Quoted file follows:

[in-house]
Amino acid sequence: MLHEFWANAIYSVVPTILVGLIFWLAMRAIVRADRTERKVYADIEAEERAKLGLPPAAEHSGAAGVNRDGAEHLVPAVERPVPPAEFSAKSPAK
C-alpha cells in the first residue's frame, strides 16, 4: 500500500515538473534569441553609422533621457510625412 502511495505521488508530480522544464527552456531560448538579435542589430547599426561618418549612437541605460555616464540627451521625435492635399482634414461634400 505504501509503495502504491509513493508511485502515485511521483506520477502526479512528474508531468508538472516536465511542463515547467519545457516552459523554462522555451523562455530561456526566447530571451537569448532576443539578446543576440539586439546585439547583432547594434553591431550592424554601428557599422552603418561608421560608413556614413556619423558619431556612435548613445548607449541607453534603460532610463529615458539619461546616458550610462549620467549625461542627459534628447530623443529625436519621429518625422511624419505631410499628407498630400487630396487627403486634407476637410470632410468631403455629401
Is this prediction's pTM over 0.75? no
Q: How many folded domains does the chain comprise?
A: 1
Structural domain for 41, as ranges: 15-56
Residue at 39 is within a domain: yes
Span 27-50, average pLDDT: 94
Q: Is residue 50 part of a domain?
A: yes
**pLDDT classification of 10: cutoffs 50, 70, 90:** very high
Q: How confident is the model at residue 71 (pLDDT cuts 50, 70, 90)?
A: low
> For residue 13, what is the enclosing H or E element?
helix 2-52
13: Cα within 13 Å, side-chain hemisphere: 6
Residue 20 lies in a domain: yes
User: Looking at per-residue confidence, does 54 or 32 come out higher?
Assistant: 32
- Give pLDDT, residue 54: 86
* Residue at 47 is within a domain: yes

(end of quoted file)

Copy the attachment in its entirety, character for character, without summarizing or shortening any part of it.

[in-house]
Amino acid sequence: MLHEFWANAIYSVVPTILVGLIFWLAMRAIVRADRTERKVYADIEAEERAKLGLPPAAEHSGAAGVNRDGAEHLVPAVERPVPPAEFSAKSPAK
C-alpha cells in the first residue's frame, strides 16, 4: 500500500515538473534569441553609422533621457510625412 502511495505521488508530480522544464527552456531560448538579435542589430547599426561618418549612437541605460555616464540627451521625435492635399482634414461634400 505504501509503495502504491509513493508511485502515485511521483506520477502526479512528474508531468508538472516536465511542463515547467519545457516552459523554462522555451523562455530561456526566447530571451537569448532576443539578446543576440539586439546585439547583432547594434553591431550592424554601428557599422552603418561608421560608413556614413556619423558619431556612435548613445548607449541607453534603460532610463529615458539619461546616458550610462549620467549625461542627459534628447530623443529625436519621429518625422511624419505631410499628407498630400487630396487627403486634407476637410470632410468631403455629401
Is this prediction's pTM over 0.75? no
Q: How many folded domains does the chain comprise?
A: 1
Structural domain for 41, as ranges: 15-56
Residue at 39 is within a domain: yes
Span 27-50, average pLDDT: 94
Q: Is residue 50 part of a domain?
A: yes
**pLDDT classification of 10: cutoffs 50, 70, 90:** very high
Q: How confident is the model at residue 71 (pLDDT cuts 50, 70, 90)?
A: low
> For residue 13, what is the enclosing H or E element?
helix 2-52
13: Cα within 13 Å, side-chain hemisphere: 6
Residue 20 lies in a domain: yes
User: Looking at per-residue confidence, does 54 or 32 come out higher?
Assistant: 32
- Give pLDDT, residue 54: 86
* Residue at 47 is within a domain: yes